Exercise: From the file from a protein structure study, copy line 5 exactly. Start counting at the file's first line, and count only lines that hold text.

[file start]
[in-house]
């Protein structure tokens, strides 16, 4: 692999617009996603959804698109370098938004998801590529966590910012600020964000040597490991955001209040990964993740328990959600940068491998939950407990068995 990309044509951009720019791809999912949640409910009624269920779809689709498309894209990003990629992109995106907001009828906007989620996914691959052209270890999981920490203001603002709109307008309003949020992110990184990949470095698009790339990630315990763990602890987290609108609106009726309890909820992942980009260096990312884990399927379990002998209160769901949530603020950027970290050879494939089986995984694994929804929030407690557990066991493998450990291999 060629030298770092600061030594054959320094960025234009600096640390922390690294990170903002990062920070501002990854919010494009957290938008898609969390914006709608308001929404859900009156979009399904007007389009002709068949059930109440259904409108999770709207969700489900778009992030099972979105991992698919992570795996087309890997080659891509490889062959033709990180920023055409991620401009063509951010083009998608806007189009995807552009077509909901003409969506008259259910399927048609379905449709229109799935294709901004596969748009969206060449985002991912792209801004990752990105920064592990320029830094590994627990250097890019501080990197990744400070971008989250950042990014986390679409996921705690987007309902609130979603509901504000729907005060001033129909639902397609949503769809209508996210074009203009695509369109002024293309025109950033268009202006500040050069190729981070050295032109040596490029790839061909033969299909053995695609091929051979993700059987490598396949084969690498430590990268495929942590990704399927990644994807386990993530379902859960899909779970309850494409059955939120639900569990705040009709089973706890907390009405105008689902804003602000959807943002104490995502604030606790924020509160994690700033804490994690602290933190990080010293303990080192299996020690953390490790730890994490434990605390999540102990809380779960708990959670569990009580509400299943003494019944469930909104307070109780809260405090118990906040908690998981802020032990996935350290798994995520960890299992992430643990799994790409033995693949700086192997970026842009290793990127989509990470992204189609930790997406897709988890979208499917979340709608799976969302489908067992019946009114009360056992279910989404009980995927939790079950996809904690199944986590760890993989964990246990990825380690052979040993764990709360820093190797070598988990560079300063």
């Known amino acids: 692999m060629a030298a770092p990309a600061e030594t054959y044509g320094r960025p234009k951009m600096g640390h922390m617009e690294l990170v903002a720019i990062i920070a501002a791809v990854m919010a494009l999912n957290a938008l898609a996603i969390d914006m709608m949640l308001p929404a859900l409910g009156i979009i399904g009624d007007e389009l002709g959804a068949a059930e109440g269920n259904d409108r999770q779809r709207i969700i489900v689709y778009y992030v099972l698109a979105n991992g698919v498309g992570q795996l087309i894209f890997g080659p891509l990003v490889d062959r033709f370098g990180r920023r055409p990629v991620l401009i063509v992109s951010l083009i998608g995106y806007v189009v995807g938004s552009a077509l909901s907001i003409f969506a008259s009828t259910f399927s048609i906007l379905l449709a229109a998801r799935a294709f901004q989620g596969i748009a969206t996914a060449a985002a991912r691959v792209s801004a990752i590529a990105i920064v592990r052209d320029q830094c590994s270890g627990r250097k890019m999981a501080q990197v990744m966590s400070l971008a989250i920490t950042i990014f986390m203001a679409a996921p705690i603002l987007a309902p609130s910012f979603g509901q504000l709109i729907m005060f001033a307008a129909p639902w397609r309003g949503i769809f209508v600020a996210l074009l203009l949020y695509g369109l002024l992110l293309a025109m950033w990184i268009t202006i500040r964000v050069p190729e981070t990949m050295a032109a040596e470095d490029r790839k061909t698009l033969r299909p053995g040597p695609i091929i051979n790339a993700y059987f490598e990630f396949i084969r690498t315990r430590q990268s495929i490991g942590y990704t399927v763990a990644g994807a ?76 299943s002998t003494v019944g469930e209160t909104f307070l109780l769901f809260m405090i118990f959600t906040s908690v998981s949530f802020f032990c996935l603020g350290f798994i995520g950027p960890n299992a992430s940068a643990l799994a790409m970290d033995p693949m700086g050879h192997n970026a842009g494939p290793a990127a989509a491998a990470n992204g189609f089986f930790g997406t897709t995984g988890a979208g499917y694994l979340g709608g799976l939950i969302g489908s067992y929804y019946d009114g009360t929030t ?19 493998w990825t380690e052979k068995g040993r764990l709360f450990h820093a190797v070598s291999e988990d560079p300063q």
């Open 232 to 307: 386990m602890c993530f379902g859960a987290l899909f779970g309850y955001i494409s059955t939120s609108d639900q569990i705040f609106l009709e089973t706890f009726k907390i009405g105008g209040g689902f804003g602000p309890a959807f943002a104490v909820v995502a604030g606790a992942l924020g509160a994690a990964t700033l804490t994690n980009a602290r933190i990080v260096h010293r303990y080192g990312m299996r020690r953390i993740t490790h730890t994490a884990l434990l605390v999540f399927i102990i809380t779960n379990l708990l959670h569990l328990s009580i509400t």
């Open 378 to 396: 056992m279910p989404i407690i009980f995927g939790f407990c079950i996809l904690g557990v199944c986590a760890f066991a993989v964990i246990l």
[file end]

């Open 378 to 396: 056992m279910p989404i407690i009980f995927g939790f407990c079950i996809l904690g557990v199944c986590a760890f066991a993989v964990i246990l």